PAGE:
The way we follow the way, the truth, and the life, is by living the way Jesus lived. It means we embody the values he embodied. It means we hold fast to the truth he exemplified. It means that we spend our lives giving of ourselves and sharing with the world this life-altering, love-centered, abundantly roomy good news.

Jesus said that whoever believes in him will do the works that he does (c.f. John 14:12). Following Jesus means we live our story as if it’s Christ’s story. We live as though we’re family. We welcome others and make room for them the same way God has welcomed us and made room for us. We get to create space for others the same way Christ has made space for us. This is the greater work to which we’re called. God is always making room. And since we’re people of God’s expansive and ever-expanding household, that’s what we’re called to do as well.

It’s fitting that this is a text we use so often at funerals, because it’s a text that invites us to new, abundant, and eternal life.

In the name of the Father, and of the Son, and of the Holy Spirit, Amen!

Rev. Christopher Millay

Letter to the Congregation, 06 May 2020

Greetings, everyone!

First, I hope each of you is doing well and keeping safe. I know these are trying times for some of us, especially with the prolonged isolation. Your pastors are here if you need us. Please don’t hesitate to reach out if you want to talk, pray, or share ideas for how we might better connect to one another.

Second, I want to make sure you know where to find our online worship resources. First UMC now has an official Facebook page where we can connect as a congregation. We stream our worship services live to the Facebook page each Sunday at 9:30 a.m., and we will continue to do so until we can reopen in-person worship. The worship service video is then uploaded and posted to my YouTube channel and sermon blog. The hyperlinks to these webpages are pasted below.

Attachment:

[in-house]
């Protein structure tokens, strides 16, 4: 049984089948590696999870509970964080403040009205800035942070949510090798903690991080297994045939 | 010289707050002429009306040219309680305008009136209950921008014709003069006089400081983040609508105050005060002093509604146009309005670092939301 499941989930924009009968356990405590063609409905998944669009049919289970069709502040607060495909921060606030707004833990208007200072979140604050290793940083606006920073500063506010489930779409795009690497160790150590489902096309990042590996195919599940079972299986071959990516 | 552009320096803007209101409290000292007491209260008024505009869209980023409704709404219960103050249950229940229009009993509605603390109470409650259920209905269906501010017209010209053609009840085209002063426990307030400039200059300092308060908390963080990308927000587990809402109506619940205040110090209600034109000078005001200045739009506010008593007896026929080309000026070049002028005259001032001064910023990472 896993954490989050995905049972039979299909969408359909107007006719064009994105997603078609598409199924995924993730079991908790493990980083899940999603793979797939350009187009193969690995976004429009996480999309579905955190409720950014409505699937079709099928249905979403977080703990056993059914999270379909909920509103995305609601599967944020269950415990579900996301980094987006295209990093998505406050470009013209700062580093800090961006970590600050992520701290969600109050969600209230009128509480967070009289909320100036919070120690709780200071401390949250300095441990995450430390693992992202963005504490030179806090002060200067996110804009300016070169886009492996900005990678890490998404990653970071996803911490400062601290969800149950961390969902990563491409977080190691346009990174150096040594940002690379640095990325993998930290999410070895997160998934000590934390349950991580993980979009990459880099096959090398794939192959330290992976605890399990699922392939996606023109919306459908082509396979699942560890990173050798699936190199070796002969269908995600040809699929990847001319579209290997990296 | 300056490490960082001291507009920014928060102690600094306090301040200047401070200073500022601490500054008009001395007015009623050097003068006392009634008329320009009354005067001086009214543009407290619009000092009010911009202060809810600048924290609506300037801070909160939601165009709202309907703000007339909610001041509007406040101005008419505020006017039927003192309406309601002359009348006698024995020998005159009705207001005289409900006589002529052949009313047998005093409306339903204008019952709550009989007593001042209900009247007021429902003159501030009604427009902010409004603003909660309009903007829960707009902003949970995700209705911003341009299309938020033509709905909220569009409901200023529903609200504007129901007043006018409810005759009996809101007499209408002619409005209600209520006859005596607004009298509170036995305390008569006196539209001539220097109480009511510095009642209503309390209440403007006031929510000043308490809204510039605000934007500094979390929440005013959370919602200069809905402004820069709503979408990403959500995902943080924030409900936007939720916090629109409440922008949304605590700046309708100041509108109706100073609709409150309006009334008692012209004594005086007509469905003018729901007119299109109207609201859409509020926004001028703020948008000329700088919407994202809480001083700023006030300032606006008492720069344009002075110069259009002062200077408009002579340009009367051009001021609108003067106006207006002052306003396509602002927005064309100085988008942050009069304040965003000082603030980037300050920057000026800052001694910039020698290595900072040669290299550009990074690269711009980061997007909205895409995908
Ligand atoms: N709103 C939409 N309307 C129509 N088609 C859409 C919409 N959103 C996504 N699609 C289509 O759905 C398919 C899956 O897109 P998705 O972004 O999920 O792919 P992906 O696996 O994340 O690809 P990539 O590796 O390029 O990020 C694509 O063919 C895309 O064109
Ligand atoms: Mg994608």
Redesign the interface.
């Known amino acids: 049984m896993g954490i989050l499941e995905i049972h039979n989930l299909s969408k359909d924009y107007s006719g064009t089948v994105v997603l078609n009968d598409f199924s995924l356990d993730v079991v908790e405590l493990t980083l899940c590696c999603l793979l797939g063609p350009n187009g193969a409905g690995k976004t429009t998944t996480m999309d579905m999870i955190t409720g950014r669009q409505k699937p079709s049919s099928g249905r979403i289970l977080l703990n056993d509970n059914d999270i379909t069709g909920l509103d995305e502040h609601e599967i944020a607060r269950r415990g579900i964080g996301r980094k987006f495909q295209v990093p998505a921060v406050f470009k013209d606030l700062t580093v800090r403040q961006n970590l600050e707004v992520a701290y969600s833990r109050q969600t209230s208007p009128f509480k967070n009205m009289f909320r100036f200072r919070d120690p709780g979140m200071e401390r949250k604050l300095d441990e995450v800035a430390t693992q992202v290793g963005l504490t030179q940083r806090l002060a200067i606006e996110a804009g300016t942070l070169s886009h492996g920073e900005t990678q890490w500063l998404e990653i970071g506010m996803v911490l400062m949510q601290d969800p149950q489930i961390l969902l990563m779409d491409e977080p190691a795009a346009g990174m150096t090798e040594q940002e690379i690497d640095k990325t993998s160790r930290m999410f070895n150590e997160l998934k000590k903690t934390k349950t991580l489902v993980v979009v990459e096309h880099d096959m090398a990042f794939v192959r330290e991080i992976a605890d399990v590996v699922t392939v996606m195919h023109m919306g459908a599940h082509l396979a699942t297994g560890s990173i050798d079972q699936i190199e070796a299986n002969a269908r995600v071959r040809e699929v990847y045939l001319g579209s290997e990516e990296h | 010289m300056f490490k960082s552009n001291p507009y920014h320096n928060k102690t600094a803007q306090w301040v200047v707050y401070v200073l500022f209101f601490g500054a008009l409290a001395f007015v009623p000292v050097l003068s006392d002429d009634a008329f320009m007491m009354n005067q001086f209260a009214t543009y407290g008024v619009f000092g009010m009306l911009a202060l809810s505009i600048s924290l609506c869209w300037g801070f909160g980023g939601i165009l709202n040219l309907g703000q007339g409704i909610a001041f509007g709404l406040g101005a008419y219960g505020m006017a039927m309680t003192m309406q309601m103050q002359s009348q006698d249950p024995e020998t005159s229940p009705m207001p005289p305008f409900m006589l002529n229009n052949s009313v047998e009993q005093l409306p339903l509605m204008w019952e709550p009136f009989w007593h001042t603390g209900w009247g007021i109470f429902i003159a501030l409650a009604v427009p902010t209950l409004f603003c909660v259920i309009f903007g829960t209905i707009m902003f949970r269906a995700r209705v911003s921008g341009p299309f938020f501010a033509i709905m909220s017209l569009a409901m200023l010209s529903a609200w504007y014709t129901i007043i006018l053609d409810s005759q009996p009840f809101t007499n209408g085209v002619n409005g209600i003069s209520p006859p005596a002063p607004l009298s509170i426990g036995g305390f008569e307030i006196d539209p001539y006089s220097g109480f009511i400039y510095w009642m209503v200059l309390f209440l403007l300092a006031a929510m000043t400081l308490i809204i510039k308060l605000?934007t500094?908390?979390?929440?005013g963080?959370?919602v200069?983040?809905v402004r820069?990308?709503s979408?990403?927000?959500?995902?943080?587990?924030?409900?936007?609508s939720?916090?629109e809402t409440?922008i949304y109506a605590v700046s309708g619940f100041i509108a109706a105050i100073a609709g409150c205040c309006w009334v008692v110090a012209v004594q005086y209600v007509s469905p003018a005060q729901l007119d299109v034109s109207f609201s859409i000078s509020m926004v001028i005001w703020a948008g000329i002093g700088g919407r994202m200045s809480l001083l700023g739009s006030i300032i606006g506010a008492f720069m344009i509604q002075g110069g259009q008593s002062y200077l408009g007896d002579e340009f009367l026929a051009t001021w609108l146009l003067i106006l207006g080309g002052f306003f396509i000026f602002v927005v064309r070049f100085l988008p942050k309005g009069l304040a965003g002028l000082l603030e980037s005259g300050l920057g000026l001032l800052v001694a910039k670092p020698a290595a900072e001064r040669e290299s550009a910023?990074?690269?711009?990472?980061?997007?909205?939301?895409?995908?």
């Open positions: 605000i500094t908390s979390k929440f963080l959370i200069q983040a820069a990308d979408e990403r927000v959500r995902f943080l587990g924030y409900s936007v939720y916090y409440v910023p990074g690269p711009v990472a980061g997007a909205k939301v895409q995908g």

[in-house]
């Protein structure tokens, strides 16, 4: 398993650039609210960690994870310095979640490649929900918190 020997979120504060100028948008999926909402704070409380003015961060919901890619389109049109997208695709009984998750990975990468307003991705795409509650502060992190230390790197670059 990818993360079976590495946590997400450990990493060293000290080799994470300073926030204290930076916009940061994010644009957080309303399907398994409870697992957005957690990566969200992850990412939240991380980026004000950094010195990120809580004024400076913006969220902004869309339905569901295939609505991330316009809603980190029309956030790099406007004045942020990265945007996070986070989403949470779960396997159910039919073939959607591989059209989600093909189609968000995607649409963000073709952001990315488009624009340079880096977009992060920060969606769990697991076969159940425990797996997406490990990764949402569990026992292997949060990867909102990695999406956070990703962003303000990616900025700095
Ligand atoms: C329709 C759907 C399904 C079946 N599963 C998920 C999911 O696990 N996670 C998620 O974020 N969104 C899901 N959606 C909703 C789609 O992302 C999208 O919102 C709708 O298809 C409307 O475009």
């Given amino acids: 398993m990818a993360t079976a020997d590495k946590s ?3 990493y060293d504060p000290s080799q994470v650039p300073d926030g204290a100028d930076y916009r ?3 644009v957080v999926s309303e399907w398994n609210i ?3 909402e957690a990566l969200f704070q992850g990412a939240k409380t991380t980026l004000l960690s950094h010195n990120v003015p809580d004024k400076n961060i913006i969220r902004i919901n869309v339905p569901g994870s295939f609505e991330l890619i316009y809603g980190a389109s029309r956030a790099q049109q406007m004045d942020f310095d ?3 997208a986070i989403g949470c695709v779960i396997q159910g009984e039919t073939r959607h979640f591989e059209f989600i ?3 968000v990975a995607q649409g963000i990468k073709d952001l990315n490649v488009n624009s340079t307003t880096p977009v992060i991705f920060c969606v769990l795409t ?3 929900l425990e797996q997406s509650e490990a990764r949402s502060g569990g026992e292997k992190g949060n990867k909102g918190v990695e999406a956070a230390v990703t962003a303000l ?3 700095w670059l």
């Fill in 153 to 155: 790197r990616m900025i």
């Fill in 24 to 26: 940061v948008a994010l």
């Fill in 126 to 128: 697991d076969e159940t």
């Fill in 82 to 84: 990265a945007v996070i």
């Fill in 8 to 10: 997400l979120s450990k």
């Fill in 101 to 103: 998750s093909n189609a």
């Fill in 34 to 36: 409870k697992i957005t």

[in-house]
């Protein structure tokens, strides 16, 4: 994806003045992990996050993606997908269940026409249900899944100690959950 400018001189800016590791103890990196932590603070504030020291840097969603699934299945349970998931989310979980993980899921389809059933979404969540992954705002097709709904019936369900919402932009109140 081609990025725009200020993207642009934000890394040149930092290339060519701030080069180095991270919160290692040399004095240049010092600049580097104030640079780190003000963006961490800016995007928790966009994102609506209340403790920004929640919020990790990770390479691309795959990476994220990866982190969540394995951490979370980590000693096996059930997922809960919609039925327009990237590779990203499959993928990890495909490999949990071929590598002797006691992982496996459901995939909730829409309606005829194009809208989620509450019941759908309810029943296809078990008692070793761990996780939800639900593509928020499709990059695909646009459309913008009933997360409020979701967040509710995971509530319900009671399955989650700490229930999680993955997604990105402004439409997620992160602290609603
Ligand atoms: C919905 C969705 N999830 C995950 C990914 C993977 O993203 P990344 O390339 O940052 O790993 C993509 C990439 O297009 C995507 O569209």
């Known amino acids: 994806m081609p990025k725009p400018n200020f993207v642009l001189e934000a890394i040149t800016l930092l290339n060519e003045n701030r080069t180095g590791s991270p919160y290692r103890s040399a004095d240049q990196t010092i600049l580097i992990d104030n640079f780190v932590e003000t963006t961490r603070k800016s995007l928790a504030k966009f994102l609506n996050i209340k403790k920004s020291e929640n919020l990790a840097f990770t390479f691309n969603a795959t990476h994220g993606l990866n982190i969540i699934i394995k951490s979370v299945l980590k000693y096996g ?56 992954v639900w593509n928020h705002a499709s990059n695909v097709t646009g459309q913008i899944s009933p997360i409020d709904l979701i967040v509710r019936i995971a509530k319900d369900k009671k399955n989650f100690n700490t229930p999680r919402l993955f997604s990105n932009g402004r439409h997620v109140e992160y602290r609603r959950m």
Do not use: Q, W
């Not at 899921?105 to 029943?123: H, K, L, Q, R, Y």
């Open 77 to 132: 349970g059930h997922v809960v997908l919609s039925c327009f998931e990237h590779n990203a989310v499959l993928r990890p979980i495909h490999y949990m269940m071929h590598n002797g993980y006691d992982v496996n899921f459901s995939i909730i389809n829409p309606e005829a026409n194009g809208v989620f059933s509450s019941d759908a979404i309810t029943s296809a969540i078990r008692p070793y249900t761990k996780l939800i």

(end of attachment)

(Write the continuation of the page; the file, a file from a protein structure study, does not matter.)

First UMC’s Facebook page: CLICK HERE
Christopher Millay’s YouTube channel: CLICK HERE
Christopher Millay’s WordPress Blog: CLICK HERE


Third
, as for when we might reopen, we have a lot to consider. I am in conversation with local medical professionals, and I’m listening to state officials, the CDC, and our Indiana Conference UMC leadership. Right now, Bishop Trimble’s recommendation is that we do not begin in-person worship until June 14. I know that’s a long way off. I know some of us are restless and tiring of our separation. I am, too. But we must act responsibly. For now, we will continue to connect as best we can through online worship and phone calls. When we are able to begin opening up to in-person worship, I will make that announcement through email and our online platforms (Facebook, YouTube, blog, and church website).